Seeking Your Input on Online Consortia and Online Community Colleges
Published by: Russ Poulin | 4/9/2014
Last year, New America published State U Online, a report I wrote after over a year of research. The project, which was funded by the Bill and Melinda Gates Foundation and Lumina Foundation, was based upon the idea from our grant that, “Scaling [online education] is demonstrably possible in the for-profit sector. What are the barriers to similar growth in the public sector? Why have some state efforts succeeded and others failed, and what are the implications for states looking to move online?”
Admittedly I did not know a lot about online education when I started my research in September 2011, and I naively believed that this report would be straightforward. But the arrival of MOOC mania created a lot noise that threatened online education’s nuance, and the report’s relevance.
Like any research project, I started by gathering as much information as I could—interviewing administrators, faculty, and students involved with online education and reading a lot of source material about best practices in eLearning. What came across loud and clear was that despite the MOOC hyperventilation gripping higher education and policymakers, MOOCs played only a very small role in online education. Colleges and universities have been online for years, and the quality of their offerings continues to improve as technology becomes more robust and as best practices are disseminated among dedicated faculty and administrators.
So I delved deeper. I researched the history of distance education and traced the development of online education. I came across a report that SHEEO and WCET published in 2003 about “Virtual College and University Consortia,” and found that these consortia seemed like a great idea to overcome the many barriers in place that prevent scaling of online education. So why did many of the consortia listed in the report no longer exist ten years later? As I found out through interviewing many former administrators who had worked in consortia, the overwhelming reason given for why the consortium didn’t succeed was that oftentimes the consortium enabled institutions to get up and running online but once institutions established their own programs, they (or their boards) became reluctant to share money and/or enrollment.
But it seemed to me that consortia made sense back then, and they make even more sense now. While I was conducting my preliminary research, the biggest barriers to scaling online and eLearning efforts that became apparent were: funding and costs; faculty buy-in and quality concerns; advertising; and serving a diverse student population with differing needs. Collaborative practices seen in consortia could help battle and overcome all of these barriers through shared costs, reduction in duplication, institutionally-organized professional development and course development support, simplified advertising to students, and simplified credit transfer for “swirling” students trying to finish degree requirements.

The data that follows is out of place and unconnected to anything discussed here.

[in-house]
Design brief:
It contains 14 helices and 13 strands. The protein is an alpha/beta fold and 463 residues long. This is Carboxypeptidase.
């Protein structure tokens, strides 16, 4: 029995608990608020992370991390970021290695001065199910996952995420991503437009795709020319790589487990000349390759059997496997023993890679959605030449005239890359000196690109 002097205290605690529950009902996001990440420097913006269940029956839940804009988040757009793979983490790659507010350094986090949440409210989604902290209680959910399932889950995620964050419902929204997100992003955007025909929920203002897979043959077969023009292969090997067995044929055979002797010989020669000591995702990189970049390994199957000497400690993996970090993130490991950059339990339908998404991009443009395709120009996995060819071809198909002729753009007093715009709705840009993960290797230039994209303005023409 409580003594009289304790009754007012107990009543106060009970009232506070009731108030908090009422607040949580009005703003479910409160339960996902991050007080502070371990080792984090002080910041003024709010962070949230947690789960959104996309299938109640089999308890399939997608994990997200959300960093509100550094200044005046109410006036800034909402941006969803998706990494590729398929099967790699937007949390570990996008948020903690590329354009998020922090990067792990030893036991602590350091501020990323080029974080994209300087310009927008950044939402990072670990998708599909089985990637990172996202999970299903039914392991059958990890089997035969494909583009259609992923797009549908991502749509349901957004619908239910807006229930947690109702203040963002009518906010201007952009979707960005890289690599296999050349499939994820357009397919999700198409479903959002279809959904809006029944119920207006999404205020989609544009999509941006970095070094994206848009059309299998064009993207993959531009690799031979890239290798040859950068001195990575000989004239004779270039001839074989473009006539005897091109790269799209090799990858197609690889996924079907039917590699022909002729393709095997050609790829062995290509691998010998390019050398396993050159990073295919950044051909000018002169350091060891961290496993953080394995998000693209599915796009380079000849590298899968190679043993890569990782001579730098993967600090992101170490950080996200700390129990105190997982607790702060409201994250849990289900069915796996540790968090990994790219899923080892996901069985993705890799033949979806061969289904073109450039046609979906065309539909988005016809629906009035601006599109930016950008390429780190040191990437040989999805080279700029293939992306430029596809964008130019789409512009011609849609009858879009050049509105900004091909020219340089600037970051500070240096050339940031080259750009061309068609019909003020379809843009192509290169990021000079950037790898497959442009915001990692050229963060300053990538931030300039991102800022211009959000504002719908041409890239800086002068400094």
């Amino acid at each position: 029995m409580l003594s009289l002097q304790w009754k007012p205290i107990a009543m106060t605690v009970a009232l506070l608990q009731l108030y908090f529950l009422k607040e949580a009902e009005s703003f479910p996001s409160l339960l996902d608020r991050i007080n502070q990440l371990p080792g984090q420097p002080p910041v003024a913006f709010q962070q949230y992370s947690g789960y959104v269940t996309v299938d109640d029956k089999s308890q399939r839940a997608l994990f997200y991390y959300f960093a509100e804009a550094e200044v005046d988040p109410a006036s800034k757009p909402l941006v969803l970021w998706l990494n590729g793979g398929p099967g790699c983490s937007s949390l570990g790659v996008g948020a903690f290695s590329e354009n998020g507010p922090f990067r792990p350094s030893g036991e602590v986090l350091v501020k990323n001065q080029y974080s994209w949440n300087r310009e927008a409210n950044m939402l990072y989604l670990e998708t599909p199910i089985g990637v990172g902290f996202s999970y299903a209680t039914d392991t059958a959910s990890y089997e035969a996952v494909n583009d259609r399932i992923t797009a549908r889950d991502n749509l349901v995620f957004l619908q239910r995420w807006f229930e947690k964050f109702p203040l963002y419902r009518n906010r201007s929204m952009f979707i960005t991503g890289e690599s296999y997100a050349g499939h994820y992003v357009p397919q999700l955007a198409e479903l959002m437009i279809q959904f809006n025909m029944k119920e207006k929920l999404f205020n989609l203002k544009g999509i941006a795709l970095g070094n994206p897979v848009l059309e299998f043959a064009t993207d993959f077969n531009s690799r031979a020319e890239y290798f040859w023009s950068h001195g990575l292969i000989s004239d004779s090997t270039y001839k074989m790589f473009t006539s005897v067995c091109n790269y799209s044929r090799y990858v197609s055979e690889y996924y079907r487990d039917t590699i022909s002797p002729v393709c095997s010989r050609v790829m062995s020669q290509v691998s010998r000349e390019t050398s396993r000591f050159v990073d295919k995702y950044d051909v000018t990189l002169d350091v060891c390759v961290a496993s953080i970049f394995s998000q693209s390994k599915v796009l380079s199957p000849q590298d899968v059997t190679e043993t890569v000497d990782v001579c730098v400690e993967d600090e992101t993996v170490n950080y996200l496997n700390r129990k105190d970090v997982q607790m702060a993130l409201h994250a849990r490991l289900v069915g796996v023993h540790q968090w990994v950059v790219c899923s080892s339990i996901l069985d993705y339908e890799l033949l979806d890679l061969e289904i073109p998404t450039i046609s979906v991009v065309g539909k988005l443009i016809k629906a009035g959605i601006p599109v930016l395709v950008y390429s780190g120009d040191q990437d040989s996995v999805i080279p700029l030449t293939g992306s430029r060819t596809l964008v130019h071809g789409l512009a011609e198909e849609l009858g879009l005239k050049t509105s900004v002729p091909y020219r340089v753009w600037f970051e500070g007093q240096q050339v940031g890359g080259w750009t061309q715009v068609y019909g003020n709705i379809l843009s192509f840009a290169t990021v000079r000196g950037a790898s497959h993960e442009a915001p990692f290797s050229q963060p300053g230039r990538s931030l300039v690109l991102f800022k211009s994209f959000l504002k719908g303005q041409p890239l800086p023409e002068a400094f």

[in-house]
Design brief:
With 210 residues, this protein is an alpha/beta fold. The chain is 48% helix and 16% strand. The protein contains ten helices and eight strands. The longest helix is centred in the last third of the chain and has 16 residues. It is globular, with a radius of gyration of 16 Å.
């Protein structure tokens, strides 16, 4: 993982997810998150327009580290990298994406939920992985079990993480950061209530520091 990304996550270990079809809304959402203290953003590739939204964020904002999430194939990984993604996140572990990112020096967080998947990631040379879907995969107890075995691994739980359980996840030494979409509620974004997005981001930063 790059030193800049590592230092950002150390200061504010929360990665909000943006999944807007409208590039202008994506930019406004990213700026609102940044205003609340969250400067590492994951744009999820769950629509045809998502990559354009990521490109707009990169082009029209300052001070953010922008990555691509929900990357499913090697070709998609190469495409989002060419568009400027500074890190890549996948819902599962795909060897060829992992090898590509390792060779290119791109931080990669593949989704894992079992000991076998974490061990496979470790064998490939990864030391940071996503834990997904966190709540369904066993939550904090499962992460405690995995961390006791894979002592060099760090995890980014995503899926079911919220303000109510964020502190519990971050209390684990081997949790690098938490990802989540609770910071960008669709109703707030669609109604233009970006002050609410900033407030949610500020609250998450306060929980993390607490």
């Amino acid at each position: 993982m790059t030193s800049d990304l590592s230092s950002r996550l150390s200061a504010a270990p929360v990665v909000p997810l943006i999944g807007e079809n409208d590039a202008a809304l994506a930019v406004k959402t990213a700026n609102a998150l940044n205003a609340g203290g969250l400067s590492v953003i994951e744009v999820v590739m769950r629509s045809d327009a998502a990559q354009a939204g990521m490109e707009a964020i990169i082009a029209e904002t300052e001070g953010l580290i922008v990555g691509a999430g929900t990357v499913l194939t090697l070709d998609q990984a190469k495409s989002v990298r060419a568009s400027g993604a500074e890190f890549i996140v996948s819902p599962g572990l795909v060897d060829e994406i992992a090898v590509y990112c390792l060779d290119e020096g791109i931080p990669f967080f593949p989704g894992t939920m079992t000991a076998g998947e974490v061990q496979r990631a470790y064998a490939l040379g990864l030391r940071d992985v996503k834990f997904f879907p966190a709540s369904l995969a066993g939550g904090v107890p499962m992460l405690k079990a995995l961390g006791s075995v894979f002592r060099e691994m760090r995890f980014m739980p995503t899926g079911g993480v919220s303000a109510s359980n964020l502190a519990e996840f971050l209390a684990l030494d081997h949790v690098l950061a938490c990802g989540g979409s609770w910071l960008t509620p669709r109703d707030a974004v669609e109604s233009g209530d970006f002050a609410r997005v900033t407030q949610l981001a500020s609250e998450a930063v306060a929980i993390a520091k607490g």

After dozens of interviews, I distilled my paper down to what I call the “Steps of Online System Collaboration”:
Each step builds on those before it, leading toward increasingly integrated systems in which students can move freely among institutions within a state and eventually beyond state lines. I realize this is a very simplistic way to visualize the relationships, but I thought of this illustration as a way to spur public institutions to consider making linkages to other institutions depending upon the various governance structures within their state. I know that public higher education governance varies widely from state to state, so my hope was that state and institutional policymakers could see the various points of collaboration and incorporate them into their own structures as they see fit. (For a more in-depth explanation of each of the steps, see page 9 of State U Online.)
Since the publication of State U Online, I have received good feedback on my “Steps to Online System Collaboration” model. Namely, many of these categories may not be as distinct or as linear as I have made them out to be. And for some states, there are many barriers already in place that prevent institutions from even being able to come together and collaborate in the first place. I’m hoping that Frontiers readers can use the comments section as a sounding board to provide their thoughts on State U.
I have taken what I’ve learned from State U and I am now working on Community College Online, a new and related project funded by the Kresge Foundation (slated for release late this fall). Community colleges were some of the first online innovators given that their students needed online flexibility well before it was on the radar of more selective institutions. For this project I plan on applying the frame of a consortium model to highlight online community college partnerships and online articulation agreements with four-year institutions.
I also plan on focusing not only on online courses and credentials, but also on technological tools and platforms used to help students persist. The idea here is that almost all students are online students in some way, either through taking their credential online, mixing online and face-to-face courses, or even accessing online services such as tutoring and advising. I would be very interested to hear from Frontiers readers what community colleges I should feature and what are the most important institutional, state, and federal policy concerns I should highlight in this report.
I can only become an expert in this issue if I surround myself with experts in the field. As such, you can get in touch with me at email@example.com to share your thoughts and ideas.
Education Policy Program
New America Foundation